With an injury to Diaz, it can be expected that Ottavino or Robertson will take on the role of closer in some capacity during the season barring any free agent signing. Injuries also occurred to Brooks Raley and Bryce Montes de Oca, the latter will start the year on the IL at least, but Raley has a chance to be ready to go by the time he's needed for regular season games. While Montes de Oca can be wild, he looked good in his short time in spring training and there's no reason to believe he wouldn't have been able to take a roster spot away from someone like Nogosek, Curtiss, or Hunter. In this case, Zachary Greene is a rule 5 pick, so he'll have to be offered back to the Yankees, but not keeping Greene opens a spot for Tommy Hunter. Hunter is a Showalter favorite, so it makes sense for him to stick around over someone like Joey Luchessi, who could prove to be more valuable if he stays a starter in Syracuse if he doesn't go elsewhere. Nogosek, like Hunter, can't exactly be sent down so easily. Hunter would have to accept the demotion, while Nogosek is out of options and would need to be exposed to waivers, something the Mets probably won't want to do.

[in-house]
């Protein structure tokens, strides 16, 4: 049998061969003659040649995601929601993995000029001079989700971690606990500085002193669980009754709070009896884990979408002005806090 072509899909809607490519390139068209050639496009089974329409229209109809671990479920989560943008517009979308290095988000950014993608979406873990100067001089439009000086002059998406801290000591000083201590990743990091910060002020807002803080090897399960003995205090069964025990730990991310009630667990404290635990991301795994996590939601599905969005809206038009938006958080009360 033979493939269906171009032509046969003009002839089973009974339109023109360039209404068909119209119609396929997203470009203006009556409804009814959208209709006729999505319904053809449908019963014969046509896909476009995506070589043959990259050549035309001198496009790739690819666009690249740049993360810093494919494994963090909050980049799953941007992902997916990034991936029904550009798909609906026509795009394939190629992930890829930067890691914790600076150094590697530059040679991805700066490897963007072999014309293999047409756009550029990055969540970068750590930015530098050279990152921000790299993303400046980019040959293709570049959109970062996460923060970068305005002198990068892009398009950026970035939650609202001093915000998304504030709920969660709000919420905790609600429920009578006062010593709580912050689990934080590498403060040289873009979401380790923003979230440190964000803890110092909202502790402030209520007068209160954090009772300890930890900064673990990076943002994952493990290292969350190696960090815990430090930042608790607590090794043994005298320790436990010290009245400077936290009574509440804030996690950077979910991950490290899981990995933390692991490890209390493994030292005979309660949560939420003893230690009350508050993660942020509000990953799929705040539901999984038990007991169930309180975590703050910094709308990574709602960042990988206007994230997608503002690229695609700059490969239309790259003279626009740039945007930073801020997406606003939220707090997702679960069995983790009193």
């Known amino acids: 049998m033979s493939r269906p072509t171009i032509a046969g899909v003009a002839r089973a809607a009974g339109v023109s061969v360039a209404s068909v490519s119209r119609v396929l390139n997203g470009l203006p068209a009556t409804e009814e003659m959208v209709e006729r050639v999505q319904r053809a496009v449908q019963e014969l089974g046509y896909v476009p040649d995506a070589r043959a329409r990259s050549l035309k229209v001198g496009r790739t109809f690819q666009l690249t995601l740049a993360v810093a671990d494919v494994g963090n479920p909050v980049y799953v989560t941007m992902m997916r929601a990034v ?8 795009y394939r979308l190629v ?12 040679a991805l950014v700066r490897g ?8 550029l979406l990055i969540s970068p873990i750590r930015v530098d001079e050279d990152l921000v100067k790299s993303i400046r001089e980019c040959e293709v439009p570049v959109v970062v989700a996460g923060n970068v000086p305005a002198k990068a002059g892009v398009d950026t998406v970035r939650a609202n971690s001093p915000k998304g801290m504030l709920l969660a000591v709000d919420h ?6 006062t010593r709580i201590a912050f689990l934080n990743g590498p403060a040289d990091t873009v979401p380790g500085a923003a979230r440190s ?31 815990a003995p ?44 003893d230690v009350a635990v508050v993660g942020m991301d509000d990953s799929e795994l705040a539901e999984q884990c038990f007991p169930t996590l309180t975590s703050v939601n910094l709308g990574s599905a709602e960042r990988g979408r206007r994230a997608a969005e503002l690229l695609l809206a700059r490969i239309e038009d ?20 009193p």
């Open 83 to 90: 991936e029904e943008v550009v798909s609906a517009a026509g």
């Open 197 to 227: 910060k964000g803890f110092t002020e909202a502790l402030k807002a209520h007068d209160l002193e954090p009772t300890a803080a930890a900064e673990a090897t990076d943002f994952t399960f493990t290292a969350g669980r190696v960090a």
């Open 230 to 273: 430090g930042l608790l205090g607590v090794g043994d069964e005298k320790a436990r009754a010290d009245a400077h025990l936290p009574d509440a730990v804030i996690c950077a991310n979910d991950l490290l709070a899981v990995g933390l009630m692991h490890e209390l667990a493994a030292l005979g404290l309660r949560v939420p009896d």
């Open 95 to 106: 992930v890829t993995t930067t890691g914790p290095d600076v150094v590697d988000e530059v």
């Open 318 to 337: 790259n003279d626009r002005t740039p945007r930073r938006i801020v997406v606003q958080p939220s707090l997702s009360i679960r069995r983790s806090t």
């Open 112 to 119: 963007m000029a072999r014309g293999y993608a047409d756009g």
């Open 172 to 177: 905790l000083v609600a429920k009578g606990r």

If someone like Brett Baty or Mark Vientos gets sent down the minor leagues, it makes every bit of sense to carry another bullpen option. For now, even with injuries, the Mets go with 7 in this prediction in order to give the young sluggers a chance to show they can stay in the majors. Out of the two, Vientos makes the most sense to send back down due to his propensity to strikeout and being blocked from playing third base by multiple players. Escobar, Baty, and Guillorme, can all play third base so the chances for Vientos to see meaningful time there would be shortened quite a bit. The 2023 Mets may already be facing the injury bug as a lightning bolt of fear struck fans when Nimmo got up limping in a spring training game, Diaz is out for the year, Raley and Montes de Oca both were hurt, but with this roster projection they have a lot of flexibility. With flexibility comes a better way to fight the risk of fatigue and injury, and that's something the Mets should look forward to in building the roster for 2023.